(1) In a language exchange, you mostly practice speaking in the foreign language, which allows you to use the vocabulary and grammar you are learning in real life and solidify the knowledge.
(2) The conversation with a native speaker allows you to learn colloquial expressions, slangs, interesting things about their culture, and much more.
(3) You motivate each other to continue to improve and learn new things in each other’s language in a unique way.
The most popular website where you can find native Italian speakers to practice with is HelloTalk.
When you start learning a new language, you have to memorize an enormous number of words, phrases, and verb forms. It can be difficult to systematize this process and track how well you remember each piece of information. This is where flashcards come in handy, especially if they are incorporated into a “smart” learning tool. For example, Quizlet and Anki allow you to download and study “decks” of flashcards about a certain topic, and create your own decks. These tools are programmed so that you see less and less of the words you remembered easily, while words you had difficulties with are prioritized until you master them.
One of the easiest ways to learn Italian faster is to increase the “input” in Italian. In other words, the more Italian you listen and read in different, real-life contexts, the easier it is to understand the knowledge about the grammar and vocabulary and connect it in a meaningful way. By immersing yourself in the language you are learning, you force your brain to think in that language, which solidifies the knowledge you’ve already acquired.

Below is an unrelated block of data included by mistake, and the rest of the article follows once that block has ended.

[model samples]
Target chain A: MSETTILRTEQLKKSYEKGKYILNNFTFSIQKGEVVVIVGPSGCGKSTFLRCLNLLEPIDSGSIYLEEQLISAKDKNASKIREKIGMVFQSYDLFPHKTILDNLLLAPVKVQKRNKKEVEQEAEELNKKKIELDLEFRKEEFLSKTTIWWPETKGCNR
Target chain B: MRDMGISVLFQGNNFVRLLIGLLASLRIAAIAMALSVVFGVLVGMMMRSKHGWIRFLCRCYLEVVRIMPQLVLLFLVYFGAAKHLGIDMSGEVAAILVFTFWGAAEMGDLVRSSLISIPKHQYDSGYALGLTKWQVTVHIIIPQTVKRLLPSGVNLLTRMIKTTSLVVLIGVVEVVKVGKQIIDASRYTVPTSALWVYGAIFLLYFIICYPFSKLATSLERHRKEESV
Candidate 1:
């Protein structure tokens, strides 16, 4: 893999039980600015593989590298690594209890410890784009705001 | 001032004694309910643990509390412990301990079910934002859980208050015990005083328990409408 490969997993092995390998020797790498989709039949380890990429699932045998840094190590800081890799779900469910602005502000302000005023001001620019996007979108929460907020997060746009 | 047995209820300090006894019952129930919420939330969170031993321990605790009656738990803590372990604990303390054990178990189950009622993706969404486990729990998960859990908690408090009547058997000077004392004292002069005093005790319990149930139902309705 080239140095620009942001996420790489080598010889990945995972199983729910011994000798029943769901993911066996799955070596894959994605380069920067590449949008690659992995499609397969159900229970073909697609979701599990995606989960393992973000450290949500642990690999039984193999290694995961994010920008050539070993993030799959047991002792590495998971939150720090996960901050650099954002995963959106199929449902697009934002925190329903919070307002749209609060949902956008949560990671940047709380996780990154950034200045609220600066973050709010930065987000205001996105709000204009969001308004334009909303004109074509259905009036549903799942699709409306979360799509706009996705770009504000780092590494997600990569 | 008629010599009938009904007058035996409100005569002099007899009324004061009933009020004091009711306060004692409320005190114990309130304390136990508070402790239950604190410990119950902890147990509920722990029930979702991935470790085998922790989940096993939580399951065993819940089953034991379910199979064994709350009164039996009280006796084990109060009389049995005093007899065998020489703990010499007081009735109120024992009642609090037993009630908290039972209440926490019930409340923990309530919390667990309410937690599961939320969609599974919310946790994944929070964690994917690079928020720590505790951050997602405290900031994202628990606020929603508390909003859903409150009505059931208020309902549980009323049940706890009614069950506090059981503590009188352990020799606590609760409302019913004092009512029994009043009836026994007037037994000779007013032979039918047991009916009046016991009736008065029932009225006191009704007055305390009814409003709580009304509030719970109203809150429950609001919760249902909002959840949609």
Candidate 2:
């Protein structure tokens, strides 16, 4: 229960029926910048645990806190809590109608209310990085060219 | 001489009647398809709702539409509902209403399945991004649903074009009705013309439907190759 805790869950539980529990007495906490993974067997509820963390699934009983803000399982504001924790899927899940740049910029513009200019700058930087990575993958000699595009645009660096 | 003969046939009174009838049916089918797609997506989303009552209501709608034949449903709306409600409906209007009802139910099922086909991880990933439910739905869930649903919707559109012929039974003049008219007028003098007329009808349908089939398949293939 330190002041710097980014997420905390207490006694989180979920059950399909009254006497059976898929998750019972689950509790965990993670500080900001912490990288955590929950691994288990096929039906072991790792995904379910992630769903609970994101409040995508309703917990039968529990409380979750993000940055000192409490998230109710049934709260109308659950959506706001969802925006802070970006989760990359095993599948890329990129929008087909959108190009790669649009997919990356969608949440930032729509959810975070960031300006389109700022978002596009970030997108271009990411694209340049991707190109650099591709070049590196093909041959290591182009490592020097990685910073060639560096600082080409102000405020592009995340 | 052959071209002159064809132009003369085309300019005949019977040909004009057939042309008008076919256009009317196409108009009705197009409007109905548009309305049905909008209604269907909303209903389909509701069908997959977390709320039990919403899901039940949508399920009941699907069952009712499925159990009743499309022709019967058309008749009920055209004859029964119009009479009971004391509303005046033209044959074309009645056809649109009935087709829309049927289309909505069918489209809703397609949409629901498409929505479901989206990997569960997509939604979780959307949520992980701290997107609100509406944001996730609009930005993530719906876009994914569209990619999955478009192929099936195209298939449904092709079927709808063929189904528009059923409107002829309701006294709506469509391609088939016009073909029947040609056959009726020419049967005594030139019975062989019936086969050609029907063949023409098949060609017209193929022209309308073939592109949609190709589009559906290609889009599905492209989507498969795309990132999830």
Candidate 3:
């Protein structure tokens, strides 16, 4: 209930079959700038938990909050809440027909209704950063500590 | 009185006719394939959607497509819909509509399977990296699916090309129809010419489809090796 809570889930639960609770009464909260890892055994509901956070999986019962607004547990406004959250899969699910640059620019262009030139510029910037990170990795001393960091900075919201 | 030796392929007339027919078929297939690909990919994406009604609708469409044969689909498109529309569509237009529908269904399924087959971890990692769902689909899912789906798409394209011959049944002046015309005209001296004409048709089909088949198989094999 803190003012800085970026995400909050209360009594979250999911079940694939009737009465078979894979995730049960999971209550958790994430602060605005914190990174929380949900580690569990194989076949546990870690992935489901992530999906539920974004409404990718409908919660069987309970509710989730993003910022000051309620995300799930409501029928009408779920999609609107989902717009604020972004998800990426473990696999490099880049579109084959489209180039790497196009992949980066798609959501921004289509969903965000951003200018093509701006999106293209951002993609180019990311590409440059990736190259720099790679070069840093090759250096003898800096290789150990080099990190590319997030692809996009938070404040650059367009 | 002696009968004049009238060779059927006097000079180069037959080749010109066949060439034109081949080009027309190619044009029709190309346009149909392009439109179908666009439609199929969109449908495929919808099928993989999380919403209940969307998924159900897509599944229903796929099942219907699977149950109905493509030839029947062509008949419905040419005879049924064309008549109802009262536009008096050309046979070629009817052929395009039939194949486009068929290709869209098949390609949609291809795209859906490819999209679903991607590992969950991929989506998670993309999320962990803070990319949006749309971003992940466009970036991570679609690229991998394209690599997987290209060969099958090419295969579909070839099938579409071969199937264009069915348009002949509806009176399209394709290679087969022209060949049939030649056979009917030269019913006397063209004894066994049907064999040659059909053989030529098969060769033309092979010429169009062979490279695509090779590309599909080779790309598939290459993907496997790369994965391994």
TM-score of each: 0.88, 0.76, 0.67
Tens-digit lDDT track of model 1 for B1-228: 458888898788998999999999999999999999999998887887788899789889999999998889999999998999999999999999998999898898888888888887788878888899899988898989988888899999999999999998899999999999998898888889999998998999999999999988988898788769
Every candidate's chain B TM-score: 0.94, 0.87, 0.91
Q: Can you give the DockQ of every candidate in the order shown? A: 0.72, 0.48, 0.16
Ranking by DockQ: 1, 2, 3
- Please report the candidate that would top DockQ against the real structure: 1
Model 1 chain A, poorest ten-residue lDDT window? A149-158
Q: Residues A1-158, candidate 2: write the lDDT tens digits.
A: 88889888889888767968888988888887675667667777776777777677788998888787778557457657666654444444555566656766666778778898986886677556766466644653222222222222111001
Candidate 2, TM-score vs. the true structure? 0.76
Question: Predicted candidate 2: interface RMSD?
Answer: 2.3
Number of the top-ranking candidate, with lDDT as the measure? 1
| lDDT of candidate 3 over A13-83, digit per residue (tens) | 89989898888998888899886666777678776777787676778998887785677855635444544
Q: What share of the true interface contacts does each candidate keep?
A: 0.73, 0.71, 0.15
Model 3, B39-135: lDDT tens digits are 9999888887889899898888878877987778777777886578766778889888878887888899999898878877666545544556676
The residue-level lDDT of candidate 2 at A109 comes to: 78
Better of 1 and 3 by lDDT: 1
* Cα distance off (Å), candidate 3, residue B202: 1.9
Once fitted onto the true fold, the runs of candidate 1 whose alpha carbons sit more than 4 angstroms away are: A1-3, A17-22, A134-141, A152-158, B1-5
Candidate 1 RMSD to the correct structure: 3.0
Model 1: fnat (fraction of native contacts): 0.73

Luckily, Italian culture is so uniquely rich that you won’t have a problem finding interesting and engaging content in Italian. If you are a music lover, you can listen to beautiful Italian songs perfect for training your ear for the Italian language. One of the best ways to learn Italian while having fun and getting to know another culture is to watch the masterpieces of Italian cinema with subtitles. If you want to immerse yourself even more in Italian, the podcast “News in Slow Italian” allows you to listen to the news in Italian at a slower pace.
Hopefully, you now have a better understanding of what you can expect if you decide to learn Italian. If it’s a language close to your heart, you will likely overcome the difficult aspects of Italian mentioned in this article, since the motivation you get from learning the language you love and discovering the culture by yourself pays dividends in terms of improving your Italian skills!
It all boils down to finding what works best for you. A native Italian speaker would be ideal as a tutor. In that case, you could check out TUTOROO. If you want to learn a new language quickly and easily, you can hire a tutor or a native speaker.
Visit https://www.tutoroo.co/italian-tutor to search for a private tutor in your area and get in touch with them directly to arrange a meeting to discuss upcoming lessons.
Visit their website to learn more. Have a good day!